Redemption at Leyte: U.S. Army Captain Francis B. Wai
By Dieter Stenger, U.S. Army Center of Military History
Around the same time General Douglas MacArthur waded ashore on October 20, 1944 at Leyte, Philippines, and delivered his famous radio message to the Filipino people, declaring his return "as the voice of freedom" during the "hour of their redemption," Captain Francis B. Wai fought the Japanese with the greatest valor until he was killed in action for the principles of MacArthur’s declaration.
The strategic invasion of Leyte of the Philippines island group began on October 17, 1944, in order to cut the Japanese sea lines of communication and threaten Japan's internal communications within the archipelago. Captain Francis B. Wai, of Honolulu, Hawaii, served with the 34th Infantry Regiment of the 24th Division out of Schofield Barracks, Oahu. He was one of only a few Asian-American officers in the U.S. Army in 1944.
The 24th Division was one of two belonging to X Corps, commanded by Maj. Gen. Franklin C. Sibert. Together with Maj. Gen. John R. Hodge's XXIV Corps that formed the U.S. Sixth Army under Lt. Gen. Walter Krueger, both corps came ashore at Leyte in the face of light Japanese resistance.
The assault beach (Red) assigned to the 24th Division was narrow but consisted of firm sand. Behind the beach the Japanese established a tank obstacle, tunnels and well-concealed pillboxes among thick jungle growth and marshy ground. Open rice paddies fringed Hill 522, the most prominent terrain feature, which dominated the beaches and roads in the surrounding area.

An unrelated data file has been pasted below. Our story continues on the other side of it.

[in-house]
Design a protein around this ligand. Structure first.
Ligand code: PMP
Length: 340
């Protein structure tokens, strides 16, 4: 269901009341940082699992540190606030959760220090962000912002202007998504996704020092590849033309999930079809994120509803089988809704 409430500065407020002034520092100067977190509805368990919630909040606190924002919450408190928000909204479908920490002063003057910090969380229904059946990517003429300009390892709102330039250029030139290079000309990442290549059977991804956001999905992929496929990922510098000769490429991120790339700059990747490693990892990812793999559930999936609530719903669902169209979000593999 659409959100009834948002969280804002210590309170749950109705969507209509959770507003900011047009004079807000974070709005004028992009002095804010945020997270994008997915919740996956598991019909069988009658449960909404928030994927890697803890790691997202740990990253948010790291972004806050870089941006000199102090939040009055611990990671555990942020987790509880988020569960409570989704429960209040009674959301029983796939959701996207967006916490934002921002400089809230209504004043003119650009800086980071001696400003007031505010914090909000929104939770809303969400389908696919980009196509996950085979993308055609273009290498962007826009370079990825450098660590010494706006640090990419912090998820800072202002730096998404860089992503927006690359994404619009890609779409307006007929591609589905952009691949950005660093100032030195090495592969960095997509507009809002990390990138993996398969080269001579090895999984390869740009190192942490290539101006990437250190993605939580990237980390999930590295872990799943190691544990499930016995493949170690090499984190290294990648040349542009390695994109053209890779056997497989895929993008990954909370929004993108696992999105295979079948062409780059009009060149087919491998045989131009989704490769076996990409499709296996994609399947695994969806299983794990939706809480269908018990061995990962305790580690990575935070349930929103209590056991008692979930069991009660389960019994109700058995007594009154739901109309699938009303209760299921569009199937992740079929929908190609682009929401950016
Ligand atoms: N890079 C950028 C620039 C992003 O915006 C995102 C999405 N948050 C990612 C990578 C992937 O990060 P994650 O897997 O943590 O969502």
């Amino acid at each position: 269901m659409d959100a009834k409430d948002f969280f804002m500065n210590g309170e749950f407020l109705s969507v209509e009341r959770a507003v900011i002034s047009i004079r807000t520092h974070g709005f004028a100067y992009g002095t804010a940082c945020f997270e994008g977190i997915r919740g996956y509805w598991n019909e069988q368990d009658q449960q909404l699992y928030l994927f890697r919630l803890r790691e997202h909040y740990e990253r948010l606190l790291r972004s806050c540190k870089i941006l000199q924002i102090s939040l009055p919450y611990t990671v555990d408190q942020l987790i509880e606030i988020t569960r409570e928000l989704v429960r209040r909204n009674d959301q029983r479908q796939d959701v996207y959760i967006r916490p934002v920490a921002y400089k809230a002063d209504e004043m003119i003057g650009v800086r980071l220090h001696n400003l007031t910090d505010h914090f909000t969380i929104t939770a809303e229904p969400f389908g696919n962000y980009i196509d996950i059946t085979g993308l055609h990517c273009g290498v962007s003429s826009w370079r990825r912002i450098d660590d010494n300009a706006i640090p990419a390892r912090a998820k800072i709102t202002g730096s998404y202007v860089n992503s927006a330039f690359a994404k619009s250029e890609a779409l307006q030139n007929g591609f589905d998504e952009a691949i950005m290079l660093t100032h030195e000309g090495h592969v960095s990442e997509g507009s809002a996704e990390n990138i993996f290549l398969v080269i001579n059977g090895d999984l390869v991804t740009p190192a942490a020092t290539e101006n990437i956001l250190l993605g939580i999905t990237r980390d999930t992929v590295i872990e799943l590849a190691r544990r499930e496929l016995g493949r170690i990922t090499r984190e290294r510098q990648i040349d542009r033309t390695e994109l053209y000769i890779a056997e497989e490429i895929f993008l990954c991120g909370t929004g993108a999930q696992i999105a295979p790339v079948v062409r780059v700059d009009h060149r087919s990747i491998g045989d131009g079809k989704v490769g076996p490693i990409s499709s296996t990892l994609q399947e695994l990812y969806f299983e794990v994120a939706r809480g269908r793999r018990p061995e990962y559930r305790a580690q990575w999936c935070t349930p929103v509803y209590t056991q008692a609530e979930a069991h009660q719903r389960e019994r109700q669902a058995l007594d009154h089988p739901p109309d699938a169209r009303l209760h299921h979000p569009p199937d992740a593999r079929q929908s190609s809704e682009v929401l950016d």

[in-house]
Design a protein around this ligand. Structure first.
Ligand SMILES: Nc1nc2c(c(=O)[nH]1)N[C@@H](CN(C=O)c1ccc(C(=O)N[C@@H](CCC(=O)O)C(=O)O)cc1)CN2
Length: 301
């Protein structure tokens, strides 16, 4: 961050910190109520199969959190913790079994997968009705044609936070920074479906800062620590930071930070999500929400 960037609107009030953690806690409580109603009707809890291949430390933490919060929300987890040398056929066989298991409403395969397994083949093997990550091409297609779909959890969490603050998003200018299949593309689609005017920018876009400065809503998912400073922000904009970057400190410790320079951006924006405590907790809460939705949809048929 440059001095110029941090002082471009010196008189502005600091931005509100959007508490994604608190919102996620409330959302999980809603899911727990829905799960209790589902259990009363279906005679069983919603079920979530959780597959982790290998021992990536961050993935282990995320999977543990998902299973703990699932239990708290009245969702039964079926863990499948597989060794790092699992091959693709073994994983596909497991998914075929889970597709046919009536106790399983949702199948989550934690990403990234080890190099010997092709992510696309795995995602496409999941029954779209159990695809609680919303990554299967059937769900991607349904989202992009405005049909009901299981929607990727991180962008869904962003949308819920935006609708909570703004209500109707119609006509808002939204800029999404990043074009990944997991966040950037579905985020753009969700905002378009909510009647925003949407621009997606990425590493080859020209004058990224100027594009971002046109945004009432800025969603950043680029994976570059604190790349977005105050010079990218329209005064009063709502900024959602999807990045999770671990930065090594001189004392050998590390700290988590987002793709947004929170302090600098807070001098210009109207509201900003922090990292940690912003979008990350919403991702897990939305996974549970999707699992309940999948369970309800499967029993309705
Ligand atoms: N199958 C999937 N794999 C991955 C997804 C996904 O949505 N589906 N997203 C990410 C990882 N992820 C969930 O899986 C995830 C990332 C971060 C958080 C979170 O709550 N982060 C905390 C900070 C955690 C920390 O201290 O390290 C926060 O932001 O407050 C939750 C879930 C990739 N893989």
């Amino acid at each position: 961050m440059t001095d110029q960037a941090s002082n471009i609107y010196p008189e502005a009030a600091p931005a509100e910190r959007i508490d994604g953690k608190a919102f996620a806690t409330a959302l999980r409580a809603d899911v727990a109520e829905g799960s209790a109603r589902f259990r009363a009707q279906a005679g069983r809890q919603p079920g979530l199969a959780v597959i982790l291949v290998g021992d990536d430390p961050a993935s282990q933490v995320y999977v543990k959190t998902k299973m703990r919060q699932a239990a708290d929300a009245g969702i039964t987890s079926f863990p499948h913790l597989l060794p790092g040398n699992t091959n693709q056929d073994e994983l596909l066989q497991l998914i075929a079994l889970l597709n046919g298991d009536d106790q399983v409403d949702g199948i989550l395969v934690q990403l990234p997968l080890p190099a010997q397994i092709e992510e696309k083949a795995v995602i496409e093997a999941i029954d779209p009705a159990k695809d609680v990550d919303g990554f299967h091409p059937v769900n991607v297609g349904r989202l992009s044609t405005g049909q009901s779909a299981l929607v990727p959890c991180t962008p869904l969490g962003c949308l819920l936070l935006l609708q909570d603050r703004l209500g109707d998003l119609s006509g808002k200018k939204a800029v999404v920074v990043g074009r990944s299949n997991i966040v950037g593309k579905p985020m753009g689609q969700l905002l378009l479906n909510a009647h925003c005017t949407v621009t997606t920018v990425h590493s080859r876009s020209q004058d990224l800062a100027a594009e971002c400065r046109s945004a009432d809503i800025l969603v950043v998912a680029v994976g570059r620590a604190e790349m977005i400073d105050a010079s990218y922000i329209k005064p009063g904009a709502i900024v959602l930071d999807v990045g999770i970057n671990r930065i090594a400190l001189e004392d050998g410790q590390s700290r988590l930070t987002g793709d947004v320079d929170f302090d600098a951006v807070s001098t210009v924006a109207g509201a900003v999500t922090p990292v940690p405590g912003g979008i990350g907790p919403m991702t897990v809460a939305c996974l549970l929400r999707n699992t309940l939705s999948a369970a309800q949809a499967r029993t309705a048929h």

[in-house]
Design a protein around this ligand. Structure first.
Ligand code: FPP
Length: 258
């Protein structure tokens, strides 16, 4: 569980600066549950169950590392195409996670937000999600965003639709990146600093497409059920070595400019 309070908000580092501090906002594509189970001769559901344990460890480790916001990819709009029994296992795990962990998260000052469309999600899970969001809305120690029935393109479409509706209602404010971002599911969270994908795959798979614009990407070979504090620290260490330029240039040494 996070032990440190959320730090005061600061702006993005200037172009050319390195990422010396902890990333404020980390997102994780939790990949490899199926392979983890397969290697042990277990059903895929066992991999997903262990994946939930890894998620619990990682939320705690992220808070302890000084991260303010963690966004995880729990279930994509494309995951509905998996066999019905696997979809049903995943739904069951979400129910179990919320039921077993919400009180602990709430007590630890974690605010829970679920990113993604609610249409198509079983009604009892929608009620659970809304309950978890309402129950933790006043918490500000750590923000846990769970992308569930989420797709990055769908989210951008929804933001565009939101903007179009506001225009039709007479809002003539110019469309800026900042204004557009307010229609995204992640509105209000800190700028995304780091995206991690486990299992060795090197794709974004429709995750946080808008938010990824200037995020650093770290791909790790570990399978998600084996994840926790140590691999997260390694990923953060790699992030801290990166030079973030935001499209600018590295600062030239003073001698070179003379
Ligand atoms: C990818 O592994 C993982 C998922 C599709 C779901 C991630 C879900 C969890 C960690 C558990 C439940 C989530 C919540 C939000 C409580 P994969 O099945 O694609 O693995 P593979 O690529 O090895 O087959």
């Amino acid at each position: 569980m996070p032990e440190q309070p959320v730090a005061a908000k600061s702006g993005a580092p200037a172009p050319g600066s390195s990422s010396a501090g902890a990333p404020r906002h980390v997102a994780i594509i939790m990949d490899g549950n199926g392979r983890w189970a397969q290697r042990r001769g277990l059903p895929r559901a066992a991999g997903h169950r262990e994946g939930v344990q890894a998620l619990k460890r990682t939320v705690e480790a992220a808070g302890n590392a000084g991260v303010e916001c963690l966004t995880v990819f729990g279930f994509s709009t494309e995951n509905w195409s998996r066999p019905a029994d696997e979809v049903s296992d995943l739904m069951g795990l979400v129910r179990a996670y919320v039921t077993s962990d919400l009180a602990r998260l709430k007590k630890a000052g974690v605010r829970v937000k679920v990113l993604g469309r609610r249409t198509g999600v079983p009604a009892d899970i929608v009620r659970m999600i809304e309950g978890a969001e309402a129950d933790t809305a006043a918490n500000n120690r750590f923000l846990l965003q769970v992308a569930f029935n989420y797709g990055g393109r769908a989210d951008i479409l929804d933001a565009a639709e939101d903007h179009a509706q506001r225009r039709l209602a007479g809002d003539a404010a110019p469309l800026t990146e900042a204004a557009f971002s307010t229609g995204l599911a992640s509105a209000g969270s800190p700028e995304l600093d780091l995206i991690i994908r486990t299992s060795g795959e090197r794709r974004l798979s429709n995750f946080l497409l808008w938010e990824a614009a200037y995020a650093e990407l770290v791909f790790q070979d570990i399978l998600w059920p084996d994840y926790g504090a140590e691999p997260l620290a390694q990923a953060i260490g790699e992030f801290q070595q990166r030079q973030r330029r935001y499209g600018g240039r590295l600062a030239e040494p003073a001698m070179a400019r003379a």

The 34th Infantry led the attack, landing the regiment in battalion columns. The Japanese allowed the first wave to land but unleashed mortar and machine gun fire when the following waves were 2,000-3,000 meters offshore, inflicting heavy casualties. Japanese gunfire from positions located in a palm grove frustrated the assault.
With many senior NCOs and officers either killed or wounded, Captain Wai found the beaches crowded with disorganized and pinned down soldiers. When Company K ran into a series of five defensive pillboxes, Captain Wai took command of the situation and issued orders. Disregarding heavy enemy machine gun fire, Wai moved inland without cover and inspired the men to follow. During the advance, Captain Wai deliberately exposed himself to draw Japanese fire from enemy strong points in order to reveal their locations. The pillboxes were systematically neutralized with BARs and hand grenades. Wai was killed while leading an assault against the last remaining Japanese pillbox.
Harold Rant, a wire technician from the Headquarters Battalion said of Wai, "A hero came forth but we knew he had come to die. He was a big Hawaiian captain, one of the most popular officers." Rant added, "Word passed that he was really ripping and had knocked out three pillboxes. With real luck, he was jumping, running, dodging, and crawling under machine gun fire to get hand-grenades into the fortresses. At about the fifth one they got him, laced him with fire and he was hit ten times through the chest."
Captain Wai was largely responsible for the speed by which the beachhead was secured. For his actions, Captain Wai posthumously received the Distinguished Service Cross.
On June 21, 2000, Captain Wai's Distinguished Service Cross was upgraded to the Medal of Honor. The Medal of Honor was donated by the brother, Robert Wai, to the U.S. Army Museum of Hawaii, Fort DeRussy, Hawaii. The medal is part of the U.S. Army Historical Collection.